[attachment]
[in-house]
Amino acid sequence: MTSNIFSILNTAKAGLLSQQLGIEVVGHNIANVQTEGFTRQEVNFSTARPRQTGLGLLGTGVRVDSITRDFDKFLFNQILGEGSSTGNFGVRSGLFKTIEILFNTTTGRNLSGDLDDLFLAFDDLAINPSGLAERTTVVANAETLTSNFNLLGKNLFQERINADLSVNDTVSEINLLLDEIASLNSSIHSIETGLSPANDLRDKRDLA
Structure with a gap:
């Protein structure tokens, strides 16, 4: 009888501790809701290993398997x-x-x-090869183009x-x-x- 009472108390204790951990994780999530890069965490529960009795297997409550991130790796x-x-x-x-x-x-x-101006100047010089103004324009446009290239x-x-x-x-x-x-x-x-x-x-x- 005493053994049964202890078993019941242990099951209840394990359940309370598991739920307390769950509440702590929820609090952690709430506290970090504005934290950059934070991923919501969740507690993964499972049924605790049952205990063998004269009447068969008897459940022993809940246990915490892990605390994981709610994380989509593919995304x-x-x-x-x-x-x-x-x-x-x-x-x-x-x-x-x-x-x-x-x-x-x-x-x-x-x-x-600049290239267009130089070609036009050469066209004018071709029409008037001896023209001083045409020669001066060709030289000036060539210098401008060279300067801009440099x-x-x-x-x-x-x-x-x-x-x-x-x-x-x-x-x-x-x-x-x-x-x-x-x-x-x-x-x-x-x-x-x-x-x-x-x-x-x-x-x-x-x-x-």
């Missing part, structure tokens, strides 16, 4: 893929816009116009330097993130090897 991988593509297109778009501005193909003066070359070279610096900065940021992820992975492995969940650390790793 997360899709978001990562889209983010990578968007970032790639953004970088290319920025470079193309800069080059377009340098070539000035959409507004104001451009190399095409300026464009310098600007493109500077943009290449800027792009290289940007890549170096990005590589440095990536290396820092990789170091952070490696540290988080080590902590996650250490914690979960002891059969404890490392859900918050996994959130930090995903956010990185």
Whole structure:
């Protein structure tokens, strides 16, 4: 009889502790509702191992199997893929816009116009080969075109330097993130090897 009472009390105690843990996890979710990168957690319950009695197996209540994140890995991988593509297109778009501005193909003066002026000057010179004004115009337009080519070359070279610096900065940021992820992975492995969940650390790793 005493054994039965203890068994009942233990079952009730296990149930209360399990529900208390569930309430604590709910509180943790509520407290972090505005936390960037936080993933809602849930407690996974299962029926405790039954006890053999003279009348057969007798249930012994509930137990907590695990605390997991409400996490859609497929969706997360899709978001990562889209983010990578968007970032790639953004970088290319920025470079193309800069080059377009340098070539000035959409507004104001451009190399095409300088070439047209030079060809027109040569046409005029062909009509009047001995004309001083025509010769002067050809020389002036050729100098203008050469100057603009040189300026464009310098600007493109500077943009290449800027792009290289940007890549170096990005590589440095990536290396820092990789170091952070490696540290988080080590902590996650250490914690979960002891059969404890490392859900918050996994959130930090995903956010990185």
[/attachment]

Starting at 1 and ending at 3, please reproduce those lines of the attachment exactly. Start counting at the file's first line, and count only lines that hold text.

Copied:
[in-house]
Amino acid sequence: MTSNIFSILNTAKAGLLSQQLGIEVVGHNIANVQTEGFTRQEVNFSTARPRQTGLGLLGTGVRVDSITRDFDKFLFNQILGEGSSTGNFGVRSGLFKTIEILFNTTTGRNLSGDLDDLFLAFDDLAINPSGLAERTTVVANAETLTSNFNLLGKNLFQERINADLSVNDTVSEINLLLDEIASLNSSIHSIETGLSPANDLRDKRDLA
Structure with a gap: